Thought of the year

God still doesn’t exist, alt-medicine is still quackery that cures nothing (including the flu, colon cancer, and diabetes), and Tom Brady is still the greatest NFL player of all time.

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Merry Christmas

Most people would give up on making the same joke for the better part of a decade, but here I am, posting a picture that I really should just update.

Merry Christmas

Advocating genocide is never incitement

There’s a disturbing trend these days to claim or imply that language is violence. That, of course, is nonsensical rubbish that should have no place in a serious discussion, but here we are. (My history of urging that Philosophy 101 be mandatory at the high school level is reaffirmed as a good idea every single day.) In particular, there has been a growing position that advocacy of genocide is such abhorrent violence that it, in fact, is not free speech. Again, nonsensical rubbish. Here is one example of someone saying as much:

The growing fascist movement in the United States often claims that it is marching for “free speech” and complains that Antifa and other opponents are violating their rights. Unfortunately, this cynical claim has won some credibility among liberals and even the ACLU. But the law does not protect the advocacy of violence any more than it protects child pornography. These well-established legal principles should be extended to prohibit the advocacy of genocide, the ultimate violence.

Arguing about the free speech rights of Nazis, fascists, and KKK members is a trap. The issue is not speech, it is violence. The fascists do not want to argue with us, they want to kill us.

I originally picked this article merely because it was a quick result on Google; my goal here was to generally address the issue of calling genocide-advocacy violence. However, the muddled understanding of free speech is too much to ignore. The article continues:

A brief review of U.S. law demonstrates that fascist advocacy of violence and genocide can and should be prohibited. In 1969 the U.S. Supreme Court ruled in Brandenburg v. Ohio that there is no free speech right to advocate violence when there is a likelihood that violence will actually occur. The Court traced the development of U.S. law from its earlier prohibition of even abstract teaching of the necessity of violence for accomplishing social change to protecting such speech “except where such advocacy is directed to inciting or producing imminent lawless action and is likely to incite or produce such action.”

As it so happens, I made this post because I wanted to specifically talk about Brandenburg. Nearly every person who claims speech is violence has never heard of the case. The fact that this article brings it up is both surprising and, for the author, embarrassing. Brandenburg is the precise reason advocacy for genocide is always protected speech:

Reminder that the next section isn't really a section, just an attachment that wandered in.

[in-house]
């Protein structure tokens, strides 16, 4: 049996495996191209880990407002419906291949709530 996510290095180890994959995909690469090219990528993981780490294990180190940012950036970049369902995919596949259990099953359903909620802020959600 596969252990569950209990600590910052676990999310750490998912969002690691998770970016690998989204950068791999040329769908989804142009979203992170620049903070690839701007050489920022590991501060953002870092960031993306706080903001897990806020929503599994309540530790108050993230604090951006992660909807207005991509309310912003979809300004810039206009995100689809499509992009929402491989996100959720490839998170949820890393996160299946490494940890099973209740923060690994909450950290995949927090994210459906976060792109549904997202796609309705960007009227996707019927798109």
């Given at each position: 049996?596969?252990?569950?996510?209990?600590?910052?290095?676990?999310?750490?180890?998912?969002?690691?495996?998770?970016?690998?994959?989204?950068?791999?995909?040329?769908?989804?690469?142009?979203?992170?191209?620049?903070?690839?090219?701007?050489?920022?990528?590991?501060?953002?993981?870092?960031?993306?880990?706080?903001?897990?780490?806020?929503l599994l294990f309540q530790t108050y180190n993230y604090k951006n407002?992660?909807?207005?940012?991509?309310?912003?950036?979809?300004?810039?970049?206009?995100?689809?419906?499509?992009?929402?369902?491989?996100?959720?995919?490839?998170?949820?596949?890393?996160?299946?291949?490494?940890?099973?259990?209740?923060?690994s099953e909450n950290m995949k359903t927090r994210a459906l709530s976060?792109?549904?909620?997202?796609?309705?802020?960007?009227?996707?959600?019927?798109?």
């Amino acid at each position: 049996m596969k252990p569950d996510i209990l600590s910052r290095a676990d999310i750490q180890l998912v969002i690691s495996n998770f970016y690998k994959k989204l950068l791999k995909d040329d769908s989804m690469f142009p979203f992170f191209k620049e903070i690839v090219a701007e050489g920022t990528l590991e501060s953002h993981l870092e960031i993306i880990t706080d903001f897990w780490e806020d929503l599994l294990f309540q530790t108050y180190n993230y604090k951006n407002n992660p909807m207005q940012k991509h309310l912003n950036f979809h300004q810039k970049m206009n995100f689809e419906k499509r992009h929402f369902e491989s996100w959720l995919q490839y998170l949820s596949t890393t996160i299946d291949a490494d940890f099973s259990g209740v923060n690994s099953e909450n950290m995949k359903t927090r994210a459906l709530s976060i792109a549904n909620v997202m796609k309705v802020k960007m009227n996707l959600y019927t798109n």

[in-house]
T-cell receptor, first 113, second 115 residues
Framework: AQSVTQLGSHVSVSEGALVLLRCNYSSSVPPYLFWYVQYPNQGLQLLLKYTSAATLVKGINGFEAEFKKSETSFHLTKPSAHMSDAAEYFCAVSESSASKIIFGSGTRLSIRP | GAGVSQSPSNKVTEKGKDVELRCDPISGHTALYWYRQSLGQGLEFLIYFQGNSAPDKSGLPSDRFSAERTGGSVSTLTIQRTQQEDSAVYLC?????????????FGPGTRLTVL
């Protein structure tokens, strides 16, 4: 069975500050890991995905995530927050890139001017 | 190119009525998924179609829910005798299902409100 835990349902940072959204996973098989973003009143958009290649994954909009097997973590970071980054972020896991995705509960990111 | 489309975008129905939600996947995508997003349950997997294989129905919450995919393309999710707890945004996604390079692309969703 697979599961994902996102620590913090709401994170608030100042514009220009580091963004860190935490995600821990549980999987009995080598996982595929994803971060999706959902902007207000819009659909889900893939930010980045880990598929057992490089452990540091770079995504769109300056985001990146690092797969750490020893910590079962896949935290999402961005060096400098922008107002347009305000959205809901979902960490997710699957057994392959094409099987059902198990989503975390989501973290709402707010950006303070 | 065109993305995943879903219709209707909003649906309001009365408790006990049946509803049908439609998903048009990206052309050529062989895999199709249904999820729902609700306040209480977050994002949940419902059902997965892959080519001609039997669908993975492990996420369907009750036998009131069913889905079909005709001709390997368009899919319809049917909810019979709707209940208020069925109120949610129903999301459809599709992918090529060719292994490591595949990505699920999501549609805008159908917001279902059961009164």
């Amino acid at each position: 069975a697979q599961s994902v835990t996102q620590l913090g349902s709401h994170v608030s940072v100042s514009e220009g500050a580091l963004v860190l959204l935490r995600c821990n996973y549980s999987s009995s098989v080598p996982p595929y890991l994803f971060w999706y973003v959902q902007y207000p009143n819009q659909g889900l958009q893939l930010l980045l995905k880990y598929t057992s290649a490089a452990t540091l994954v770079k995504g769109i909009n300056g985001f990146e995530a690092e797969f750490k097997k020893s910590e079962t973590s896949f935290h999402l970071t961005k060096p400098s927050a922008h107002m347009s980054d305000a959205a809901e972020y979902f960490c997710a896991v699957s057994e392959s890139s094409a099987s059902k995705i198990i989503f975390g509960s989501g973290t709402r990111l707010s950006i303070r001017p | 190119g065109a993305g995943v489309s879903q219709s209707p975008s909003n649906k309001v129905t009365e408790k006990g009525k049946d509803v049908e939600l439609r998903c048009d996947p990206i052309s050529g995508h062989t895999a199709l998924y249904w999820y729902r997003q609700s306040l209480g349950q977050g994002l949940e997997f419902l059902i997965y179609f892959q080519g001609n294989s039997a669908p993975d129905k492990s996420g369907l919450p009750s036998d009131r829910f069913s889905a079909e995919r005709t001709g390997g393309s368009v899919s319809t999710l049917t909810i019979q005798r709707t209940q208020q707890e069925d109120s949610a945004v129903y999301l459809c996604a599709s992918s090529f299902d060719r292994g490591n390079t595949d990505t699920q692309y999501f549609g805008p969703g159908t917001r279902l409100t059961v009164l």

The Court’s Per Curiam opinion held that the Ohio law violated Brandenburg’s right to free speech. The Court used a two-pronged test to evaluate speech acts: (1) speech can be prohibited if it is “directed at inciting or producing imminent lawless action” and (2) it is “likely to incite or produce such action.” The criminal syndicalism act made illegal the advocacy and teaching of doctrines while ignoring whether or not that advocacy and teaching would actually incite imminent lawless action. The failure to make this distinction rendered the law overly broad and in violation of the Constitution.

This couldn’t possibly be more on point. Advocating for genocide is 1) advocacy for a necessarily lengthy process and 2) often an advocacy for a change in law. Both of these points immediately fail the first prong of the test. A lengthy process – that is, systematic killing of an entire group of people – cannot possibly incite imminent action, lawless or not. Genocide is, by definition, not imminent. And where its advocates want a change in the law that allows for genocide…well, I mean. C’mon. That’s not only a lengthy process that requires years of lobbying and voting, but just imagine if you weren’t allowed to campaign for a change in the law because it was unpopular.

The article continues:

We are not proposing that offensive speech, or even speech that many consider hateful because of its abusive treatment of people based upon their race, gender or ethnicity, be outlawed. A free society must tolerate speech that is hurtful or offensive. But no civilized society must or should tolerate behavior by individuals or groups of people that promotes violence and even the total destruction of people based upon their color, gender, religion, or origin.

Notice the subtle bait-and-switch I’ve highlighted. We’re supposedly talking about speech, but the author here changes the issue to behavior. It’s a tacit surrender of the issue. Speech which fails to incite – and advocacy of genocide fails to incite, through and through – must be tolerated. Despite the incorrect interpretation of the specific ruling that renders the entire article wrong, the author acknowledges as much.